Still, the songs are simply not as sharp as they used to be. “Jump They Say” is a great tune that distills the extremes of the record, comfort, and madness.

Bowie covers Scott Walker on “Nite Flights” and Cream on “I Feel Free,” giving a glimpse into his influences. However, overall, while the sound is interesting, the tunes are simply not quite here to make a stronger impression.

23. “Tin Machine II” (1991)

The first Tin Machine record proved Bowie could work within a band and create art-rock. While the second offering must’ve surely felt like make or break, it offers fewer highlights.

This is not to say that the sound is still not intriguing. It’s still noisy at times. But elements of jazz and a dreamy variation of avant-garde music enter the picture.

“Baby Universal” is a highlight was is the Hunt Sales sung “Stateside.”

The record’s release, however, passed without much fanfare. This may have been the reason for Bowie returning to work as a solo artist.

22. “David Bowie [Space Oddity]” (1969)

The second Bowie album is the first to provide a bonafide hit, “Space Oddity.” Its success was in no due small part owed to Bowie’s ability to craft a song about the times, in this case, about the premier moon landing.

Otherwise, Bowie had chased fame ardently. He’d learned to write good songs and tailor them to specific tastes. He’d not yet presented himself in quite the theatrical fashion he would alter.

“Space Oddity” is one of the great songs of the 1960s. The rest of the tunes display Bowie’s growth as a folk-rock singer-songwriter. He’s not yet sure whether to try and become a British Bob Dylan, a bonafide mod, or a raging rocker.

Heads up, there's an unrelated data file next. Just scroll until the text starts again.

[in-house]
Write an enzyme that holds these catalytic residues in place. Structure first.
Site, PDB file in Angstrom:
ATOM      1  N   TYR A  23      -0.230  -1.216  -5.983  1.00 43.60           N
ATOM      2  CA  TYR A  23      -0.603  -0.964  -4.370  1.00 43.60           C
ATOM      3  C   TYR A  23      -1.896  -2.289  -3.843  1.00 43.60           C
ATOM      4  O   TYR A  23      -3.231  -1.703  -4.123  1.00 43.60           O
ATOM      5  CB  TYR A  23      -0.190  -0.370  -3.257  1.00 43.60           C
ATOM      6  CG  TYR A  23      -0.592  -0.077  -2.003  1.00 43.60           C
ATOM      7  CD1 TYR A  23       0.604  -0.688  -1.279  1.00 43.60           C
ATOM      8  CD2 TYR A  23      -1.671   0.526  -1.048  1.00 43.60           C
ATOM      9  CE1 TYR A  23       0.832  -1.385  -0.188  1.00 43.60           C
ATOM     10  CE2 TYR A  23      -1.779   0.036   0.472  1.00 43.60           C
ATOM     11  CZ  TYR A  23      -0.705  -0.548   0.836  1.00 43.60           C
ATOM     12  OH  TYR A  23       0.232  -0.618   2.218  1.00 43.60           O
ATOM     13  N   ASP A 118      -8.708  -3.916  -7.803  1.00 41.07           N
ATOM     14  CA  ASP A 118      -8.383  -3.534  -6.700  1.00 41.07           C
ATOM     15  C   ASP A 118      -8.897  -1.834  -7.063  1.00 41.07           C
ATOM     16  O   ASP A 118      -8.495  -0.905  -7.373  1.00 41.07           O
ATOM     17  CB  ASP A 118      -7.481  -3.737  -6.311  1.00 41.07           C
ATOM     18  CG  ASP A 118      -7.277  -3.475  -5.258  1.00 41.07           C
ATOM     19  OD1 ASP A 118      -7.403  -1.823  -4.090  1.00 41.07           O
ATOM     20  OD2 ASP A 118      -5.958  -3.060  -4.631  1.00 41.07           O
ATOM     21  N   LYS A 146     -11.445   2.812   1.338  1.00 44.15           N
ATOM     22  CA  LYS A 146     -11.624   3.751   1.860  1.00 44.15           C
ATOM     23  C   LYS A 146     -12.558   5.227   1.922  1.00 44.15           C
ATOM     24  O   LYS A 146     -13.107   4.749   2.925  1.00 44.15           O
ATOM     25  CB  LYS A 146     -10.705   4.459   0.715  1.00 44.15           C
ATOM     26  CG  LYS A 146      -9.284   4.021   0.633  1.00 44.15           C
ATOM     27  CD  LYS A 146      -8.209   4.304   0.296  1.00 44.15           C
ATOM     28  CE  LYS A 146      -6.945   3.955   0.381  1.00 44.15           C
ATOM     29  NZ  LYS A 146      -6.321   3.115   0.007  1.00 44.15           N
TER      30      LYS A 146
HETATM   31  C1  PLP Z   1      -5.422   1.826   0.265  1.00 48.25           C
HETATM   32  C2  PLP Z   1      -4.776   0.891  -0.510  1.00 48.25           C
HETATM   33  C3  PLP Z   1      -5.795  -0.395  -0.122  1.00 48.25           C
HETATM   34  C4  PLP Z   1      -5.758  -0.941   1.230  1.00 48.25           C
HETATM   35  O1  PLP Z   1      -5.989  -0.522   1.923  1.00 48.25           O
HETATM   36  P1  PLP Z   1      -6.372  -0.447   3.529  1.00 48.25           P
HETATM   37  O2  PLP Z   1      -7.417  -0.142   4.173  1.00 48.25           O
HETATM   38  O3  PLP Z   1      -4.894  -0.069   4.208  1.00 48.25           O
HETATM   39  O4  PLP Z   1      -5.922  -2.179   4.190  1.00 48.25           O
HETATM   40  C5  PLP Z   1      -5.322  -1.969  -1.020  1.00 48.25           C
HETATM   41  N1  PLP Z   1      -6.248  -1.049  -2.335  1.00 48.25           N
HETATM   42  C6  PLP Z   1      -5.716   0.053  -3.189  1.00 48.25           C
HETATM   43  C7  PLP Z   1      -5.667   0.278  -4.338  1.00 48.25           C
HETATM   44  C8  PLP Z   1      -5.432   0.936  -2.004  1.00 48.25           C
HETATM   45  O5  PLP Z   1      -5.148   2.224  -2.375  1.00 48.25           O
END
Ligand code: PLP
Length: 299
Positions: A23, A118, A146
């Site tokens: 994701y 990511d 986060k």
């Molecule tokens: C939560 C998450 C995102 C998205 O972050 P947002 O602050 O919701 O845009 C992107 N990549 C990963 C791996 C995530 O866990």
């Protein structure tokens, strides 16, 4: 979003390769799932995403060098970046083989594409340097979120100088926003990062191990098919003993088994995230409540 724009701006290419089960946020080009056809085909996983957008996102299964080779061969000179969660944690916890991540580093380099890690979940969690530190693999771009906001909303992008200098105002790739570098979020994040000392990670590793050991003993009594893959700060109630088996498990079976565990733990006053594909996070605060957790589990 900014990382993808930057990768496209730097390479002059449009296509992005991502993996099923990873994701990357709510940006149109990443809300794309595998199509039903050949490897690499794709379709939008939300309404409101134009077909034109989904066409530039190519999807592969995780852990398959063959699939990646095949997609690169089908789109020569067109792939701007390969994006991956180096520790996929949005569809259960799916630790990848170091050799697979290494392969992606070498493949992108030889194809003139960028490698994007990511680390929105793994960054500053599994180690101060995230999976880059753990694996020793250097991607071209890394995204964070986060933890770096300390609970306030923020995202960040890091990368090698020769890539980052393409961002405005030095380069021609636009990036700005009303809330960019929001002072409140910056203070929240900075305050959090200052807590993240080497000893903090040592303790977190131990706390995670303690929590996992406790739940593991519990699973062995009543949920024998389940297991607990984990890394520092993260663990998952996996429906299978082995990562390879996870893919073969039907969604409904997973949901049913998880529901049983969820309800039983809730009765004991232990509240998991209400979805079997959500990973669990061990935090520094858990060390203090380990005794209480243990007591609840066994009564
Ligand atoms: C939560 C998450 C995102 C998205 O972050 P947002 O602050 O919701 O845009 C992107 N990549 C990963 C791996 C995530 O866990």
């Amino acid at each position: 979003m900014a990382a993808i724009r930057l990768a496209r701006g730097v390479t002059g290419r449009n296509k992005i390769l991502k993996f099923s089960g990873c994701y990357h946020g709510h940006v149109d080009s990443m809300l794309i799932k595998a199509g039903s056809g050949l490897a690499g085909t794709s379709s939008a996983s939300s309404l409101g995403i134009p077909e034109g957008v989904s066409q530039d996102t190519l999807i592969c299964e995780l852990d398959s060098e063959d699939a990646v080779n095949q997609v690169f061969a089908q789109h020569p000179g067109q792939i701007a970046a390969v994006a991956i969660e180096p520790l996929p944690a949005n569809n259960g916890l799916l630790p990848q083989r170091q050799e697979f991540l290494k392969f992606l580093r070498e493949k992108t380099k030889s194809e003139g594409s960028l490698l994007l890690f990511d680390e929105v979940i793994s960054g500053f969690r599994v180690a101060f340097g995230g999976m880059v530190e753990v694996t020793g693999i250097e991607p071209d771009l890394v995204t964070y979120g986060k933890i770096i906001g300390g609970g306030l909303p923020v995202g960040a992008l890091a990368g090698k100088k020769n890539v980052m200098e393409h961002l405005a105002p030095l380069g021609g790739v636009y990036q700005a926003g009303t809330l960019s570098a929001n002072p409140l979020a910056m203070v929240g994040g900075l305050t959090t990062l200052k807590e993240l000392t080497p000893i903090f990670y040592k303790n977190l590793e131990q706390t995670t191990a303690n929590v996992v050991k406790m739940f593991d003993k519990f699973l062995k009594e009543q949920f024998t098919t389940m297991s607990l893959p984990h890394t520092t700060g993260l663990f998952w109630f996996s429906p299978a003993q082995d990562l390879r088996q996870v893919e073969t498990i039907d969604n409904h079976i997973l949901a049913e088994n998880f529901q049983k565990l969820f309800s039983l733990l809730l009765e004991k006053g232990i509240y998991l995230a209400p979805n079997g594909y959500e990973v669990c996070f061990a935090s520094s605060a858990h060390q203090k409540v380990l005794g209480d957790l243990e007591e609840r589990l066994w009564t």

He’d soon find a way to blend all these interests, package them in a more convincing fashion.

21. “Tonight” (1984)

There was no walking away from the success of “Let’s Dance.” Rather than resist it, Bowie attempted to see just how far he could take it.

Having turned “China Girl” into a colossal hit, Bowie generously turned to Iggy Pop-penned tunes once again. Five of the songs on the record are co-written by Mr. Osterberg.

While not a bad record, there are no standout pop singles. The one exception might be the flimsy but satisfying “Blue Jean.”

Sure, Bowie made for a good pop star with a strong singing voice, but he, at this stage running low on innovative ideas.

20. “Tin Machine” (1989)

Bowie had heard all the criticism. Supposedly, he’d lost his edge and had become a control freak.

The Tin Machine band is designed to disassemble those notions.

This is noisy Avant-rock, for the most part. It’s not bound to satisfy his pop fans. Even the mix of blues and rock on songs like “Heaven’s In Here” aren’t likely to do that.

And it’s a fully collaborative effort with guitarist Reeves Gabriel, as well as Tony Fox and Hunt Sales, who had previously worked with old pal Iggy Pop.

It’s not a bad record. Bowie is still a great singer. And it’s fun to hear him on zany material, such as the title track.

The rest of the band, to their credit, seem impassive about their reputation of Bowie. “Under the God” or “I Can’t Read” truly sound like collaborative efforts.

Also, sonically it builds on metallic post-punk of Public Image but also predates the industrial and grunge trends of the 1990s.

Still, it’s not quite the revolutionary sound some may have expected. It’s not a large, imposing record as had been almost all in Bowie’s catalog since “Honky Dory.”

Despite all of this, “Tin Machine” is an intriguing offering and deserves reevaluation.

19. “Hours” (1999)

David Bowie had little to prove to anyone anymore. The 1990s had once and for all left him labeled as a musical chameleon.

With the war won, Bowie set about pleasing himself. In 1999 this meant writing pretty pop-rock tunes, not unlike those he had designed pre-Ziggy Stardust.

“Thursday’s Child” and “Seven” are lovely song. There’s an air of ease to them. It was almost as if Bowie had no reason to run the race any longer.

18. “Heathen” (2002)